[00:01:51] TT: Absolutely. I’m going to run back to Sue here. Sue, tell us a little bit about yourself, what you do. You are the board member in Collab Brew Coordinator for Pink Boots.  

[00:02:00] SR: Right. I’ve been a member of Pink Boots for, I think, it’s about five years now. I have headed up the Collaboration Brew Day for the past five years. The Collaboration Brew Day, breweries host brew days around the world. It gains momentum each year, and last year, in 2021, we had over 400 breweries, and we topped out the countries in 23 countries. We pretty much hit everywhere on the globe, brewing together in unity to fund scholarships for our members and for chapters.  

[00:02:36] TT: That’s awesome. Really, really good.  

[00:02:38] SR: Really exciting.  

[00:02:39] TT: Yeah, it is. I came on board with Country Malt Group. It’s probably been 9 ½ years since I learned about the Pink Boots Society. It’s amazing what has been put together and just growing leaps and bounds. It’s exciting to hear about the growth every year. It’s really cool to hear. Tiffany, hi.  

[00:02:55] TP: Hello again. I’ve been a member of Pink Boots for about three years. I’ve been in the hop industry for around ten years. I help facilitate the blending process. In my local chapter, I’m just a member of my local chapter, and I serve as the scholarship chair. Any of the funds that are raised, hopefully, I can help get some of our members to attend some of those scholarship opportunities.  

Mostly, I represent the Yakima Chief side of the whole process in actually getting the samples coordinated and sent out to everyone who wants to participate in the blend-making process. Then tally all the votes and then work with our planning team to make sure that we pick the best form lots to represent all those varieties that will go into the blend. By day, I’m mostly our sensory manager, and I manage our programs internally on assessing every single lot that’s delivered to Yakima Chief during the month of September.  

It was kind of crazy to schedule this podcast even because we’re still wrapping up some of our final deliveries. That was about 1400 unique lots that my team smelled in just around 30-ish days. We’re tired, and then we’ll just begin to assess everything that comes off the production line as well and then also assess beer samples. So kind of representing the sensory side, hoping to provide some education to Pink Boots Society in general, and then help facilitate making the best blend possible.  

[00:04:13] TT: Thanks for joining us. I know typically, harvest and selection are probably 100-hour workweeks for a lot of folks. Just over the past month, we’ve had some difficulty getting people to come on, especially those that were involved in selection. So thanks for doing that. Ellen in the cleaning closet, how are you?  

[00:04:30] ES: I’m good. I’ve been a member of Pink Boots Society for probably at least five years, maybe close to six. I joined not that long after I started in the brewing industry. I heard relatively quickly after getting employed with my first brewery about the Pink Boots Collaboration Brew Day thing. There was an opportunity to go to other breweries, collaboration brew days.  

I started kind of making the rounds going to those. I met some other Pink Boots members, and it seemed really cool. I was really excited about this fellowship program, so I signed up. I ended up getting a pretty, pretty nice scholarship in 2018. I got sent over to Germany. That was pretty amazing. I was in chapter leadership at first, then I made my way onto the board of directors, and I’m closing in on two years on the board now.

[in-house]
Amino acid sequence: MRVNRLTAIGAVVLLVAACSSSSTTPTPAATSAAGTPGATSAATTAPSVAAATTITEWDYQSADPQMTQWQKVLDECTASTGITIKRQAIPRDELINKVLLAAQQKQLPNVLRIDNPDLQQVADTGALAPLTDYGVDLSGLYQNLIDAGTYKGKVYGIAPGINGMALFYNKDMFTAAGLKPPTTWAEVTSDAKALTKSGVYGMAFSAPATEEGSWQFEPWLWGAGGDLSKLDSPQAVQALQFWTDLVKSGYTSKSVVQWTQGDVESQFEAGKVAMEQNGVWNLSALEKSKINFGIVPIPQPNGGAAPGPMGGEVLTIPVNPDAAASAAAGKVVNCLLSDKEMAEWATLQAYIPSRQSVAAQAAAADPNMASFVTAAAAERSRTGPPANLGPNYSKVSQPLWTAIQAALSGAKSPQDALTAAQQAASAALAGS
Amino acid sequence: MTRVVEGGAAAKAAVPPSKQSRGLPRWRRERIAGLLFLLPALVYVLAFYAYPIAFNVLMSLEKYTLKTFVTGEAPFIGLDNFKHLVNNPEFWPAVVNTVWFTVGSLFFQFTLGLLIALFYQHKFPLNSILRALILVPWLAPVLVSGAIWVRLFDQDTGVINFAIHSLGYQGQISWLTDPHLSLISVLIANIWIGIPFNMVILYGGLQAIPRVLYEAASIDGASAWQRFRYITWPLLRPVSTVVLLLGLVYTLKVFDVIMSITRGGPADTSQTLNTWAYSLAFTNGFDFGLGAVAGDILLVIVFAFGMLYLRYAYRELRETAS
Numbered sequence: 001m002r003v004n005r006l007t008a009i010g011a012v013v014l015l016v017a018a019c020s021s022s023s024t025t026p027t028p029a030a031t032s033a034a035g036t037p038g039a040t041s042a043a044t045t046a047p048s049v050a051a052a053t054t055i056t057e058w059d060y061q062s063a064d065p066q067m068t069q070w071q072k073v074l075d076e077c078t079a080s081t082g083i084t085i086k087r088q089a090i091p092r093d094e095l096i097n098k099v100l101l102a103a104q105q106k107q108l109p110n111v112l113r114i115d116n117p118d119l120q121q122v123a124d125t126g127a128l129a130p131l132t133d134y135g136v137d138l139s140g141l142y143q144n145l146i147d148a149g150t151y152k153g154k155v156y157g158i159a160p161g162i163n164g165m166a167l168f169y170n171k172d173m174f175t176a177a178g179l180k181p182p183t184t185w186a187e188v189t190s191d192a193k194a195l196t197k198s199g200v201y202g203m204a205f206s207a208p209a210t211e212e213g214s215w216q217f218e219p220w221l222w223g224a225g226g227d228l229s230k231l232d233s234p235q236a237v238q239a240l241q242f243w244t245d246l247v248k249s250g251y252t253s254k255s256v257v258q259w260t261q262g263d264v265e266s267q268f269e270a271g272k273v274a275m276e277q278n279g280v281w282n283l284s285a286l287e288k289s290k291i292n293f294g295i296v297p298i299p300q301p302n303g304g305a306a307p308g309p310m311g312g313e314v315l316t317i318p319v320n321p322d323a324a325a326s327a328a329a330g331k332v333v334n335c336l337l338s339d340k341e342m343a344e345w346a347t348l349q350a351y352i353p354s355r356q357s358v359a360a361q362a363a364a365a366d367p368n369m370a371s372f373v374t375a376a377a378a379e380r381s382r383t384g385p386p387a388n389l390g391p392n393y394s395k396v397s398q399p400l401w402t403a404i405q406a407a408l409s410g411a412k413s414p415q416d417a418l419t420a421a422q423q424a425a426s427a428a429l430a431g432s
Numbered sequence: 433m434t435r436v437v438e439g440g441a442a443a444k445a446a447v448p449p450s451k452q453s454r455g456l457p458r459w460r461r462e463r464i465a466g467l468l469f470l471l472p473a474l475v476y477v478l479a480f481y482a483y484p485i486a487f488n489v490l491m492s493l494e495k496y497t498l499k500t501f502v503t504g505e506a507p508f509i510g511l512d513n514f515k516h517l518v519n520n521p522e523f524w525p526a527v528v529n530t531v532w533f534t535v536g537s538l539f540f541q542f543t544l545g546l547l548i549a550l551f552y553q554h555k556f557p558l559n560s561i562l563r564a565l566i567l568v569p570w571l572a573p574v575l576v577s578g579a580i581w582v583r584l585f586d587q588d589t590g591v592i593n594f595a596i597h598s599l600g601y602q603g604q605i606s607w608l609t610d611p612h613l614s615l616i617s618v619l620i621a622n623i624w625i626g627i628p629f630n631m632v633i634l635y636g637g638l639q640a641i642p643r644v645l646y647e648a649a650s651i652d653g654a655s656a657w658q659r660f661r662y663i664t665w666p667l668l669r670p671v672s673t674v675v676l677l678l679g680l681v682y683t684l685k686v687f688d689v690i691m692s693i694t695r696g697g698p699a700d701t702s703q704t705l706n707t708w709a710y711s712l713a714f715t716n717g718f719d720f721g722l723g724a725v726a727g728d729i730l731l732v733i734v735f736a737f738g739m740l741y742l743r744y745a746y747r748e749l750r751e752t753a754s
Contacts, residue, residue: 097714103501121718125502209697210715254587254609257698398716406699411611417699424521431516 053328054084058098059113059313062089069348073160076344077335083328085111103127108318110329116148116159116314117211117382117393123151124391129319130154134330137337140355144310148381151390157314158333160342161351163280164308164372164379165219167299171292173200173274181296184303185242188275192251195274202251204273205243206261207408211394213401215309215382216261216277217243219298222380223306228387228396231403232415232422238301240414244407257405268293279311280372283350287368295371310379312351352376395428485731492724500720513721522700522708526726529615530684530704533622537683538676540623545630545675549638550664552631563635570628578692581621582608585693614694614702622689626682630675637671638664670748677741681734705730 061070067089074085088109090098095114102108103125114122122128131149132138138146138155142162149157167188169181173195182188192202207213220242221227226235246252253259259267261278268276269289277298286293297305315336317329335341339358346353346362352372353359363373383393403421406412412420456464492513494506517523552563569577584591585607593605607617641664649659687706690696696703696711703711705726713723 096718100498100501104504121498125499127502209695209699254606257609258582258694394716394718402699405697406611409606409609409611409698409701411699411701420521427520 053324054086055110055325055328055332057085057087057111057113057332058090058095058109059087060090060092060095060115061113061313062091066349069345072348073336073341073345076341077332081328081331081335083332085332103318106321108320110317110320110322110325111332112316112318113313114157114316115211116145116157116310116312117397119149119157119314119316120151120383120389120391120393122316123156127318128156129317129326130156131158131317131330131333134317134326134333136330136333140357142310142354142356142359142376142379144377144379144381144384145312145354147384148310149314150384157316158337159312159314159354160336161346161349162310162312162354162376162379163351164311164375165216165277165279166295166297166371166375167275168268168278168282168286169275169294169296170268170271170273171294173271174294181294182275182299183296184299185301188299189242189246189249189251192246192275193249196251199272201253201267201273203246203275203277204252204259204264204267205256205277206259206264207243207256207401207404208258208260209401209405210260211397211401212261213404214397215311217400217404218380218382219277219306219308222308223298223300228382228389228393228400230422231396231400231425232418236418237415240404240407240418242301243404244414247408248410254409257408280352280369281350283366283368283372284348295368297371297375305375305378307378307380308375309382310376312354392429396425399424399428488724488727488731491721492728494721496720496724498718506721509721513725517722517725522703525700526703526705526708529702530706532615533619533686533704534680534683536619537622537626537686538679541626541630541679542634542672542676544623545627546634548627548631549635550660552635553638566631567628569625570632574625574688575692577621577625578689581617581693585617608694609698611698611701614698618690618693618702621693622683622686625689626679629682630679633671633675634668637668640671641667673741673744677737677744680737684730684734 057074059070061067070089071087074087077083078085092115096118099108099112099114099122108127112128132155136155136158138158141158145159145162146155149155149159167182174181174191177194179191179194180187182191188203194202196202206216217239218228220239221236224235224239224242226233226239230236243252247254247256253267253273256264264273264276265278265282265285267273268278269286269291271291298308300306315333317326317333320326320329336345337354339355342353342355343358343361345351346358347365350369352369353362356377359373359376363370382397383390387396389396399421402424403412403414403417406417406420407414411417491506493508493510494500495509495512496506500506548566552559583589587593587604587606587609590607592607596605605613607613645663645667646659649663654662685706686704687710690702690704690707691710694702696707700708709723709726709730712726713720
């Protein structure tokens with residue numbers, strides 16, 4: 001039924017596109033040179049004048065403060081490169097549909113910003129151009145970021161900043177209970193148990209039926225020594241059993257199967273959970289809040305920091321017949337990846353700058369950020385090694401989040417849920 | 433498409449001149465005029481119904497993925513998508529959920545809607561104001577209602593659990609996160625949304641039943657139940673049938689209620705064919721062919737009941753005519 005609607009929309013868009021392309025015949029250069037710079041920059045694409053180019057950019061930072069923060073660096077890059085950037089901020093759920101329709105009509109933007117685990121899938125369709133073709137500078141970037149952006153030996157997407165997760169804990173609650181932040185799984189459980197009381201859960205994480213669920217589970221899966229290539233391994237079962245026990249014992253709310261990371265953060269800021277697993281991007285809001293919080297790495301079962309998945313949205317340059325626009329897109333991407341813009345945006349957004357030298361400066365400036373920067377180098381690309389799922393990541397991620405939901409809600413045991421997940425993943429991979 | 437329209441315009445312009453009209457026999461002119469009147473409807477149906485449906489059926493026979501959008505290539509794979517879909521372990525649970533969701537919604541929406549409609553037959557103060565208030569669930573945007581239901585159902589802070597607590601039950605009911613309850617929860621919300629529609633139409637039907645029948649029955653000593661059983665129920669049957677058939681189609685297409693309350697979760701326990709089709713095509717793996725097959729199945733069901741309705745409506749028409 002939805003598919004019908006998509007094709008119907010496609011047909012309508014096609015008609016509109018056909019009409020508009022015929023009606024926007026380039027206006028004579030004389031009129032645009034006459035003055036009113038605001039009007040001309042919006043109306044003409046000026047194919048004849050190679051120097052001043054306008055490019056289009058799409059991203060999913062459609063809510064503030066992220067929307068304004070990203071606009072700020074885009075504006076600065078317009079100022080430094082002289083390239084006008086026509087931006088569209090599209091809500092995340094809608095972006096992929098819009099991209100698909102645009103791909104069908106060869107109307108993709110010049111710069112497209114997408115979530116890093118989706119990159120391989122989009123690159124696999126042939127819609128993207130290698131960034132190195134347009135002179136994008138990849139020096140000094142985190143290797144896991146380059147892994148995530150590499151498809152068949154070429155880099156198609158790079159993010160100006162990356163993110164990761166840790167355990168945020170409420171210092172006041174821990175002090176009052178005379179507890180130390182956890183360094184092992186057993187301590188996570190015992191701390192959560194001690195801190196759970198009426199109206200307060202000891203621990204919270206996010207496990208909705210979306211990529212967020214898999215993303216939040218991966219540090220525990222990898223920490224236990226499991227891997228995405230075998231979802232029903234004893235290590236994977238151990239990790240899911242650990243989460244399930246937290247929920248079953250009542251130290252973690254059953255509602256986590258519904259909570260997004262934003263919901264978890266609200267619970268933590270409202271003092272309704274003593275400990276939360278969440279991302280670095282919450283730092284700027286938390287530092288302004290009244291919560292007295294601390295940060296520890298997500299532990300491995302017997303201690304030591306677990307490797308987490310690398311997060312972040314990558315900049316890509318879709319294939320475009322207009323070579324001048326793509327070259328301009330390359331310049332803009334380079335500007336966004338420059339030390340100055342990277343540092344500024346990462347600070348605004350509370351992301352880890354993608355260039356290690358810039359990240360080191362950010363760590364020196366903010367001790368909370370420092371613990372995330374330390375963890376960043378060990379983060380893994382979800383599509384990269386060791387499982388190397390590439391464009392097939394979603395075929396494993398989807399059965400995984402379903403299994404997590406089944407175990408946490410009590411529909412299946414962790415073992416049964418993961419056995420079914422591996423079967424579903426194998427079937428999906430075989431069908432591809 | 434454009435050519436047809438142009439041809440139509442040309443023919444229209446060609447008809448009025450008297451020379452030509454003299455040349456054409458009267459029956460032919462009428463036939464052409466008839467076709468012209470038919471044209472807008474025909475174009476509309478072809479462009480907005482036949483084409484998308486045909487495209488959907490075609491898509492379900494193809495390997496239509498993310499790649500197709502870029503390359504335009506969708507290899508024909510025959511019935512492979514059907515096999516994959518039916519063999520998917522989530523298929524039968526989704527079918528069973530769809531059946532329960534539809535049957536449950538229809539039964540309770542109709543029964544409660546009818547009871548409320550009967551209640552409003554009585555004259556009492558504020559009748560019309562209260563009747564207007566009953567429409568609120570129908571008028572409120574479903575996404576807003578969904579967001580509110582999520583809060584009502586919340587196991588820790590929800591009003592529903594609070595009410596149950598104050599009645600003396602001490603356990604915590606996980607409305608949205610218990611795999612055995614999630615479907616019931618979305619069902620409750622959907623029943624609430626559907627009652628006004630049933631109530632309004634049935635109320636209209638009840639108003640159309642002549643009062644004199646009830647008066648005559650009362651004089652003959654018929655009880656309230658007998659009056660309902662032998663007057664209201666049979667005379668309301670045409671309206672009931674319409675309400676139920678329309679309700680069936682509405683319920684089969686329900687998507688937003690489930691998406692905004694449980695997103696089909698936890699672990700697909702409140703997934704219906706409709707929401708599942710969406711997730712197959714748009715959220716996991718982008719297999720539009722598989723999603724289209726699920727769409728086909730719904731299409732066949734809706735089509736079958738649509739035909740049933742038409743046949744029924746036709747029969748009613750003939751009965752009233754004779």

[00:05:20] TT: Good stuff. I think a lot of our listener base knows what Pink Boots is, which is a fantastic thing, just the far-reaching arms that the Pink Boots Society has. Can somebody just, for those that aren’t familiar, tell us a little bit about Pink Boots Society—the history, the mission, and we can jump into the blends that you all put together here?  

[00:05:41] ES: Yeah, I’ll take the basic points for that. We’re a 15-year-old nonprofit organization. We’ve been around for a little longer than that, just like the other groups. We, I believe, became a nonprofit—it was less, actually. It’s 15 years that we’ve been a group. Sue, do you remember?  

[00:05:59] SR: Correct. I don’t know when we officially became a 501(c)(3), but in Charlotte, we’re going to have our 15th conference in 2022.  

[00:06:08] ES: Yeah, we’re coming up on a decent age. Our mission is primarily that of education for women. Formerly in the beer industry, now we’ve opened up to other fermented beverages. We can include women now from wine, mead, cider, kombucha, or what have you.  

We will hopefully be building our scholarship program to encompass more of the various industries because this is a pretty recent development for us. We’re just generally here to support women in these industries, but really, the thing we focus on is education. Most of that effort is through our scholarship program. We try to have a range of things from scholarships for this. It’s not just brewers; it’s women who are in anything from taprooms to marketing, sales, and adjacent industries, of course, such as in the hops, malts, and other beer ingredients.  

We try to have scholarships that are technical, but also leadership and marketing, just what we can offer to women who are in various niches in these industries.  

[00:07:20] TT: It’s awesome. Do you know the number of current members? Just curious how much that’s grown in 15 years.